After years of excluding all but one ambulance company, Riverside appears to be shifting toward welcoming all comers who want to transport non-emergency patients in the city.

There’s still only one company – American Medical Response – allowed to do business in Riverside. But that looks likely to change, with Care Ambulance on its way to getting a permit and a council subcommittee proposing the approval of three other companies.

Emergency, or 911, ambulance calls are handled nearly countywide by AMR under a contract with Riverside County. Non-emergency or scheduled trips – such as to dialysis appointments or between hospitals – are an open market everywhere in the county but Riverside, which requires city approval and a special permit known as a franchise.

For decades, Riverside has rejected all applicants except AMR. That changed in September, when the council voted to give Orange-based Care Ambulance a permit. Another procedural hearing remains, and the council must set a franchise fee.

On Wednesday, the council’s public safety committee recommended permits be granted to Carson-based AmeriCare Ambulance, and Mission Ambulance and Cavalry Ambulance, both headquartered in Corona. Final approval rests with the council.

The shift in the city’s ambulance policy started with revisions to the rules in 2013, including the removal of a provision that said the council should consider the financial impact of competition on the current provider.

Mission Ambulance Chief Operating Officer Rick Hartsock, whose 2011 permit request was rejected by the city, attributes the reversal to changes on the City Council and in fire department administration. The fire department oversees the permitting process.

“I think they’re seeing things differently now and they’re doing their homework,” he said.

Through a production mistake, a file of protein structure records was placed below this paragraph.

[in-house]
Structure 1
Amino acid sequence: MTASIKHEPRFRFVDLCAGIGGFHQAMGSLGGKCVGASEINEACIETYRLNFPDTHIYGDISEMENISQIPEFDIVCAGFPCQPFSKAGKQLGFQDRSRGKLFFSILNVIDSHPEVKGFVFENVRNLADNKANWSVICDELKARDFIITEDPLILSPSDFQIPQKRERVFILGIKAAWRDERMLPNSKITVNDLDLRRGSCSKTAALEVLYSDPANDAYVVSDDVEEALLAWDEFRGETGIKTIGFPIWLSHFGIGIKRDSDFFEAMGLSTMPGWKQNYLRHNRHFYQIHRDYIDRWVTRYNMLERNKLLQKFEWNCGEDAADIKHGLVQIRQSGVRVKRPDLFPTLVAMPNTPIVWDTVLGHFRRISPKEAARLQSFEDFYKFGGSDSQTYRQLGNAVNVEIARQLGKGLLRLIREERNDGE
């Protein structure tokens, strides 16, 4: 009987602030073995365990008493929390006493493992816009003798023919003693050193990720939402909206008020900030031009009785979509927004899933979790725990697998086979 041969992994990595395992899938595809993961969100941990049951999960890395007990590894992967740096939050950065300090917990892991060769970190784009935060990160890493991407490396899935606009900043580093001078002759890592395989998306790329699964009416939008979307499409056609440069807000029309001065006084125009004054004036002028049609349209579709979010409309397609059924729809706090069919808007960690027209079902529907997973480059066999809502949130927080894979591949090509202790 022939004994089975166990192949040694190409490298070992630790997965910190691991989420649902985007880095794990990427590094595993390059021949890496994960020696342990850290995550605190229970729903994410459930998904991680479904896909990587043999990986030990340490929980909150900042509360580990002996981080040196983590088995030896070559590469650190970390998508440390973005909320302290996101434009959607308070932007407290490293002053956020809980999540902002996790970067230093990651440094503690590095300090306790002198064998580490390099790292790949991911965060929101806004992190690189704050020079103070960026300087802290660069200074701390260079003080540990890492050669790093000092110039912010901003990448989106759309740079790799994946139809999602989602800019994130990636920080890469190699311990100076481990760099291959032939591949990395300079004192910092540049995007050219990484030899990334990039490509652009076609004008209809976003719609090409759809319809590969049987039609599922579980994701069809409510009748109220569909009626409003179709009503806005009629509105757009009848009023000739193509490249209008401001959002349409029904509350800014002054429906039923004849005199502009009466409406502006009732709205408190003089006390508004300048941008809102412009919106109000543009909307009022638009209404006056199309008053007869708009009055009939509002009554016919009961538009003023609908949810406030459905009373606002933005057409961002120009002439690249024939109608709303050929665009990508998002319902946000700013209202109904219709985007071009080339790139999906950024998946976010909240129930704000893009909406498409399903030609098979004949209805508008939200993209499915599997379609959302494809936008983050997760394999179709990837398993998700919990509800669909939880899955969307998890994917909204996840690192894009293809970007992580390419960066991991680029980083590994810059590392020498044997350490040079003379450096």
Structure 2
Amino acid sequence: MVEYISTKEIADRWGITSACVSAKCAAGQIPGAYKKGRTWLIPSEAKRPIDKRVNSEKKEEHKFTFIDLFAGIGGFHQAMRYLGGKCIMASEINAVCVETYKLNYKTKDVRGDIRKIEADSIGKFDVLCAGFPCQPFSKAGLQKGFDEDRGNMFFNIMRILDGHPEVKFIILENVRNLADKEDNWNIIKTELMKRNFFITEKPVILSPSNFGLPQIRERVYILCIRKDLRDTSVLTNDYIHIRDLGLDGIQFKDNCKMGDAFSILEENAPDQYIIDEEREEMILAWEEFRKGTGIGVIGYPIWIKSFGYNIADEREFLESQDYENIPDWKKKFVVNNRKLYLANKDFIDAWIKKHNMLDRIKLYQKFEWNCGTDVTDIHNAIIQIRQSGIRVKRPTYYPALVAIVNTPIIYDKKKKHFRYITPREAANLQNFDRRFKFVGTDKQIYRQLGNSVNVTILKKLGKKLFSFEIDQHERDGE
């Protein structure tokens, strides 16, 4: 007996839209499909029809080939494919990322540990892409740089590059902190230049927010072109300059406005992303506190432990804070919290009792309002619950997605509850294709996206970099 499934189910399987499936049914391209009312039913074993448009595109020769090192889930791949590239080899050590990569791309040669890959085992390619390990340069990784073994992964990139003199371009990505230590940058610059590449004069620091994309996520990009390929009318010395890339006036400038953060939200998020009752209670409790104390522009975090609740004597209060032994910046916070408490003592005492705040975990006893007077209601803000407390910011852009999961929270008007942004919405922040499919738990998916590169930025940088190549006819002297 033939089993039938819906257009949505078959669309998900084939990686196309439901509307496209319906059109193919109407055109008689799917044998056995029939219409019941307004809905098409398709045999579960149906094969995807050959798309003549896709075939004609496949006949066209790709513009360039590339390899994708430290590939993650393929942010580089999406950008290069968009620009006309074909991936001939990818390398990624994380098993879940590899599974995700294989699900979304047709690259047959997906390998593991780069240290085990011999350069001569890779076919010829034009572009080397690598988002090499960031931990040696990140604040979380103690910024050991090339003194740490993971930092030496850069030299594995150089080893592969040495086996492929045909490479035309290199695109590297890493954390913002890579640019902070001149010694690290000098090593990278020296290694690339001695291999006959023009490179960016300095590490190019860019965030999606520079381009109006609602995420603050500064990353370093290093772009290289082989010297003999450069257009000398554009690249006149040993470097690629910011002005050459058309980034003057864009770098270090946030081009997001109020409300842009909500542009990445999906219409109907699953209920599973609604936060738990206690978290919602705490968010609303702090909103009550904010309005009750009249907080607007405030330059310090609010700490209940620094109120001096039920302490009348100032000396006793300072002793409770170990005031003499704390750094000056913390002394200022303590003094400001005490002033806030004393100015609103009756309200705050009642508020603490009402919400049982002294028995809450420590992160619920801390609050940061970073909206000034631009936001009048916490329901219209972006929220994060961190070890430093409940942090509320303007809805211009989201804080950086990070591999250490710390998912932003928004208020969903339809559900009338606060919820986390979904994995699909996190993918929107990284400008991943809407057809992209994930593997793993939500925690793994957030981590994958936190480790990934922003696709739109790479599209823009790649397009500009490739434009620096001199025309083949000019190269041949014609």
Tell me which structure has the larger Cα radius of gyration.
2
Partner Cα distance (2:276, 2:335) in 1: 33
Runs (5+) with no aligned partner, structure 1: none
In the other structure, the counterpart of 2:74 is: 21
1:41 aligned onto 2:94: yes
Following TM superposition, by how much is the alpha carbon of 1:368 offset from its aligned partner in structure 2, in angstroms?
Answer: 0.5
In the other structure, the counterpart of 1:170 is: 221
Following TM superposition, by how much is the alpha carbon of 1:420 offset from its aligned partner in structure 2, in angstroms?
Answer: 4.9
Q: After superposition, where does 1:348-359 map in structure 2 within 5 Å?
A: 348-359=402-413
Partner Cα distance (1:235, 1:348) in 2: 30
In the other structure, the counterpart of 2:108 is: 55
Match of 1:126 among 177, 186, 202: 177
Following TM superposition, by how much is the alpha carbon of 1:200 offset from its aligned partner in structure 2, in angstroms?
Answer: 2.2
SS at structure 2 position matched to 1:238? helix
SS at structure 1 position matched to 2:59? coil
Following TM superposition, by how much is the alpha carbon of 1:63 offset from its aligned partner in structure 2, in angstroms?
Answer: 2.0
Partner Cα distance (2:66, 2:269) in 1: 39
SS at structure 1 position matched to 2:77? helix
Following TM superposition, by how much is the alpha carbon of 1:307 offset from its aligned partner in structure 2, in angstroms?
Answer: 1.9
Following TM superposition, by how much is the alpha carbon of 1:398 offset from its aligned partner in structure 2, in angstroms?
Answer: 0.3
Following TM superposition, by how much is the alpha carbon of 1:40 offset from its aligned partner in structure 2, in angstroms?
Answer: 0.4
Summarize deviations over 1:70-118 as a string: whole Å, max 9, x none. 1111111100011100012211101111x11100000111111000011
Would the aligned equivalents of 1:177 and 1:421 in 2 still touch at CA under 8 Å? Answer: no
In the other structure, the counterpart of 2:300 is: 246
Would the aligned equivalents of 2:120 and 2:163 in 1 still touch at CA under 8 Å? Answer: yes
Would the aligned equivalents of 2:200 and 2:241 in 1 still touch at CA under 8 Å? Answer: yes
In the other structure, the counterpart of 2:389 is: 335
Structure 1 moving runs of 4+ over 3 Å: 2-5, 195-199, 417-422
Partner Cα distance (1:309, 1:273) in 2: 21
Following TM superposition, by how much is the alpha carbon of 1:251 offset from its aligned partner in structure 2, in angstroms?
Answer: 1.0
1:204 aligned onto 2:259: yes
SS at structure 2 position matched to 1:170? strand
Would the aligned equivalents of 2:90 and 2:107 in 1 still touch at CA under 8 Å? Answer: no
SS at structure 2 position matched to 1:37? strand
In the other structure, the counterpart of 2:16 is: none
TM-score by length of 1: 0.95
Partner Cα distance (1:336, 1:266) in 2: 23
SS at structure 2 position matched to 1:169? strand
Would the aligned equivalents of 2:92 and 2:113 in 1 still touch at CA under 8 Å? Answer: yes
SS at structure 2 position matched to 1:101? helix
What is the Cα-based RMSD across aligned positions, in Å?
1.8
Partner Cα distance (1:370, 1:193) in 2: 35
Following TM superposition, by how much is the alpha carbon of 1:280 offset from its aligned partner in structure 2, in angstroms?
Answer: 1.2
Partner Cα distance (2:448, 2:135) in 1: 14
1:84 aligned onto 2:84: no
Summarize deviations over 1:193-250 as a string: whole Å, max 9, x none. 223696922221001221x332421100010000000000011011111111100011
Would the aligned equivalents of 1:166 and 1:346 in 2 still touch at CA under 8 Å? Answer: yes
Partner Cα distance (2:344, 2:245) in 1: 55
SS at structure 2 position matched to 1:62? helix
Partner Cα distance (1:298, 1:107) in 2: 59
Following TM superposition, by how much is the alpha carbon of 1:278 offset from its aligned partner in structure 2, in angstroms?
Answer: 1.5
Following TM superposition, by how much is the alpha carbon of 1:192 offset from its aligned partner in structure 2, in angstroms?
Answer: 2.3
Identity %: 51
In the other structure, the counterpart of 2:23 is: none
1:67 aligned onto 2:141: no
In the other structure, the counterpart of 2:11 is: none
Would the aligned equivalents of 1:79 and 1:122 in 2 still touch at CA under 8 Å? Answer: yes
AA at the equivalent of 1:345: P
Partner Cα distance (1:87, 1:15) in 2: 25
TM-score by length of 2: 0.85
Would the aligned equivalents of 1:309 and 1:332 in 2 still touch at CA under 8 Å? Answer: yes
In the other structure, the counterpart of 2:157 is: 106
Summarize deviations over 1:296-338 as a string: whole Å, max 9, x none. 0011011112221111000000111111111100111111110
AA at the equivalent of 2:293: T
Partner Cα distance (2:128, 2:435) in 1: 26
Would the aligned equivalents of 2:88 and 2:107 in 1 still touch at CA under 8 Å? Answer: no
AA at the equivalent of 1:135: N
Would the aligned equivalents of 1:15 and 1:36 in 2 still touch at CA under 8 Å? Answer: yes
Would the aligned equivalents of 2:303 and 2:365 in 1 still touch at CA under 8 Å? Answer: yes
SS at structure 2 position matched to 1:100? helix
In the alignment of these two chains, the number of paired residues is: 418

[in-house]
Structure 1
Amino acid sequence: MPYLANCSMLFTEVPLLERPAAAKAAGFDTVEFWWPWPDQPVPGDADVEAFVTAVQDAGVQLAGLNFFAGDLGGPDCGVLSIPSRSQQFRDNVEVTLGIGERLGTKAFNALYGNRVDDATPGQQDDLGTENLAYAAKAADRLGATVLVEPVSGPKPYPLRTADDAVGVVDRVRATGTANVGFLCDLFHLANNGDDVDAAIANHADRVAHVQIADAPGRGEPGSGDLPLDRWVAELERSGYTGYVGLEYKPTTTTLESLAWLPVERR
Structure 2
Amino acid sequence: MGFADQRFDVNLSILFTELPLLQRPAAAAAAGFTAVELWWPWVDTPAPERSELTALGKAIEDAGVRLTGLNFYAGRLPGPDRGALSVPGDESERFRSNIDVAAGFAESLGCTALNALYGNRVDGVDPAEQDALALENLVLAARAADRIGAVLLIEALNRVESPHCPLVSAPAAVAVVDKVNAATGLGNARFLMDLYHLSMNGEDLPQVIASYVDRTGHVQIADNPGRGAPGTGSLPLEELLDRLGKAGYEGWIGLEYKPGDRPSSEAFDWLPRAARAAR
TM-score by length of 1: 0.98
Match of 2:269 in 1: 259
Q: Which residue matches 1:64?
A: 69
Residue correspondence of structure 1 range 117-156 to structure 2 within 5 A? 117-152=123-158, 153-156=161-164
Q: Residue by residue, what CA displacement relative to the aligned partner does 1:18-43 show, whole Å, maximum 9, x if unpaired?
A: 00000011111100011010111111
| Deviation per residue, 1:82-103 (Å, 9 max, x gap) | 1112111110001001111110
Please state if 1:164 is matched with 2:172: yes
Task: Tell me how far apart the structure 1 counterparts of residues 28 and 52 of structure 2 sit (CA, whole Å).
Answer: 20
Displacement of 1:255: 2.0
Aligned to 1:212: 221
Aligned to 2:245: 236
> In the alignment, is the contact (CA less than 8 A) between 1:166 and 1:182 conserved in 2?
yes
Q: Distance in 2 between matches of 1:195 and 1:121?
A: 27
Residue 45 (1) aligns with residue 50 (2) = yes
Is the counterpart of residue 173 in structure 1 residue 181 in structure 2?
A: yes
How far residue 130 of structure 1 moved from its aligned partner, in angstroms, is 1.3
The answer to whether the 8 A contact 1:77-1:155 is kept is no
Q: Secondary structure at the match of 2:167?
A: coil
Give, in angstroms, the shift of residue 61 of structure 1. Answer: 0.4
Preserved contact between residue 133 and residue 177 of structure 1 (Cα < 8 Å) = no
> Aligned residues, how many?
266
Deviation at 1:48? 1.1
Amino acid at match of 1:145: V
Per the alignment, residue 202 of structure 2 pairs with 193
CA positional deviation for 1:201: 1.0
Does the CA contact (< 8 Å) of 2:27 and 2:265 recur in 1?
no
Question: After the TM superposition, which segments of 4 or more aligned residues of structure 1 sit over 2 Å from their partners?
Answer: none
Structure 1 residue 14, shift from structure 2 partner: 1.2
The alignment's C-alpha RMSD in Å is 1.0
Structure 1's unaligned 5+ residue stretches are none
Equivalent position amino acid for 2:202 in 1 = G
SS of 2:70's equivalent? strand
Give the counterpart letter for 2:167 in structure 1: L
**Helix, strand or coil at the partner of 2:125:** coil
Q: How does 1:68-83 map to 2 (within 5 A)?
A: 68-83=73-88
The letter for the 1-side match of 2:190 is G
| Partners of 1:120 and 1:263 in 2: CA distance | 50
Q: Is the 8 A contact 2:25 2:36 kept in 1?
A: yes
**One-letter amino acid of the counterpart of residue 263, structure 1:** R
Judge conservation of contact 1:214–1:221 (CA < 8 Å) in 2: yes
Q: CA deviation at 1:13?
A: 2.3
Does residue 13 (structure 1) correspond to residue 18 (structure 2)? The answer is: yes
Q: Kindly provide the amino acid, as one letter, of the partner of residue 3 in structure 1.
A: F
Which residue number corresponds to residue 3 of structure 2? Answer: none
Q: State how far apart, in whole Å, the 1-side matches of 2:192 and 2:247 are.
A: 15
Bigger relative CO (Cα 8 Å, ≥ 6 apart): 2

Competition typically helps push down prices, though ambulance and city officials have debated how much that may happen in this case, because the county puts a cap on ambulance fees and some charges are determined by Medicare.

Most observers seem to agree that having more than one company handle scheduled trips would help move patients and free up hospital beds more quickly.

Now, any company can drop off patients at a Riverside facility, but only AMR can pick them up. That can lead to patients waiting for rides after their medical care.

With only one provider, “They would get there whenever they could get there,” Cavalry Ambulance General Manager Lane Tucker said, adding that with more options, “They won’t be waiting around so much.”

Many health care companies sign contracts and make arrangements with a network of providers, said AmeriCare Vice President Jim Karras. If they can’t use the ambulance company they have a deal with, that can lead to delays, he said.

Karras said competition can also lead to better service.


Riverside looks poised to give permits to up to four new companies for non-emergency ambulance service, after years of having just one. Here are the applicants.   Mission Ambulance Background: Established in 2000, headquarters in Corona Size:16 licensed ambulances, four pending, 120 employees Proposal: Need will determine number of ambulances in Riverside Americare Ambulance Background: Established in 1996, headquarters in Carson Size: 65 licensed ambulances, 300 employees Proposal: Two ambulances would serve Riverside, eventually growing to five   Care Ambulance Background: Established in 1969, headquarters in Orange Size: 160 licensed ambulances, nearly 1,000 employees Proposal: Would start with 10 to 12 ambulances in Riverside . Cavalry Ambulance Background: Established in 2004, headquarters in Corona Size: 10 licensed ambulances, about 40 employees Proposal: Need will determine number of ambulances in Riverside .